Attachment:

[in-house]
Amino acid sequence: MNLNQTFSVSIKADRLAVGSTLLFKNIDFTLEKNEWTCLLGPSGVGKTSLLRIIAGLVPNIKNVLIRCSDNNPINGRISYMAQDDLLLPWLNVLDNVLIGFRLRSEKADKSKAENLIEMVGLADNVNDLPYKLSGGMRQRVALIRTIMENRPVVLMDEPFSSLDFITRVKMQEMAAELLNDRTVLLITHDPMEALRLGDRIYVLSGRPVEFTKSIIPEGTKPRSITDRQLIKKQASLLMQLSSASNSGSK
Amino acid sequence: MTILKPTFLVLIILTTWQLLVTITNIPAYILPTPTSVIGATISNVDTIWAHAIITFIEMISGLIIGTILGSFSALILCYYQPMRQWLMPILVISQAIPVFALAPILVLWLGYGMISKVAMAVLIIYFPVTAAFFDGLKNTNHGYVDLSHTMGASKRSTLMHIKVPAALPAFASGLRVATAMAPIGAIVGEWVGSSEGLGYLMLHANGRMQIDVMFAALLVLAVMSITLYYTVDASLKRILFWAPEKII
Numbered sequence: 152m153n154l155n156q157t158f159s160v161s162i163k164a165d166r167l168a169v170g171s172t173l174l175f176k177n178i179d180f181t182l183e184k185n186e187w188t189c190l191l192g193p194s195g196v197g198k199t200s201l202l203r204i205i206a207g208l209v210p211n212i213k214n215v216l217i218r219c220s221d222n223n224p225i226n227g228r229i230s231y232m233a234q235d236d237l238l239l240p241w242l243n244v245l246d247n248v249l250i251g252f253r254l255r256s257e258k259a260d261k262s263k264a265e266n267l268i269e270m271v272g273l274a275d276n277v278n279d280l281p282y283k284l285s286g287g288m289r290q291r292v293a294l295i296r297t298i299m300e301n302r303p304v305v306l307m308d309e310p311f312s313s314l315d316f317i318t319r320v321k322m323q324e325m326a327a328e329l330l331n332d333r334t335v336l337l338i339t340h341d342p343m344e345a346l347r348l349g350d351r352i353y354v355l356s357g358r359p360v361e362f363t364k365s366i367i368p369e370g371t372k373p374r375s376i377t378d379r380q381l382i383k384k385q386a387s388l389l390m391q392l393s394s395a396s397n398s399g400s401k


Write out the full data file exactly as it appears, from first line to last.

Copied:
[in-house]
Amino acid sequence: MNLNQTFSVSIKADRLAVGSTLLFKNIDFTLEKNEWTCLLGPSGVGKTSLLRIIAGLVPNIKNVLIRCSDNNPINGRISYMAQDDLLLPWLNVLDNVLIGFRLRSEKADKSKAENLIEMVGLADNVNDLPYKLSGGMRQRVALIRTIMENRPVVLMDEPFSSLDFITRVKMQEMAAELLNDRTVLLITHDPMEALRLGDRIYVLSGRPVEFTKSIIPEGTKPRSITDRQLIKKQASLLMQLSSASNSGSK
Amino acid sequence: MTILKPTFLVLIILTTWQLLVTITNIPAYILPTPTSVIGATISNVDTIWAHAIITFIEMISGLIIGTILGSFSALILCYYQPMRQWLMPILVISQAIPVFALAPILVLWLGYGMISKVAMAVLIIYFPVTAAFFDGLKNTNHGYVDLSHTMGASKRSTLMHIKVPAALPAFASGLRVATAMAPIGAIVGEWVGSSEGLGYLMLHANGRMQIDVMFAALLVLAVMSITLYYTVDASLKRILFWAPEKII
Numbered sequence: 152m153n154l155n156q157t158f159s160v161s162i163k164a165d166r167l168a169v170g171s172t173l174l175f176k177n178i179d180f181t182l183e184k185n186e187w188t189c190l191l192g193p194s195g196v197g198k199t200s201l202l203r204i205i206a207g208l209v210p211n212i213k214n215v216l217i218r219c220s221d222n223n224p225i226n227g228r229i230s231y232m233a234q235d236d237l238l239l240p241w242l243n244v245l246d247n248v249l250i251g252f253r254l255r256s257e258k259a260d261k262s263k264a265e266n267l268i269e270m271v272g273l274a275d276n277v278n279d280l281p282y283k284l285s286g287g288m289r290q291r292v293a294l295i296r297t298i299m300e301n302r303p304v305v306l307m308d309e310p311f312s313s314l315d316f317i318t319r320v321k322m323q324e325m326a327a328e329l330l331n332d333r334t335v336l337l338i339t340h341d342p343m344e345a346l347r348l349g350d351r352i353y354v355l356s357g358r359p360v361e362f363t364k365s366i367i368p369e370g371t372k373p374r375s376i377t378d379r380q381l382i383k384k385q386a387s388l389l390m391q392l393s394s395a396s397n398s399g400s401k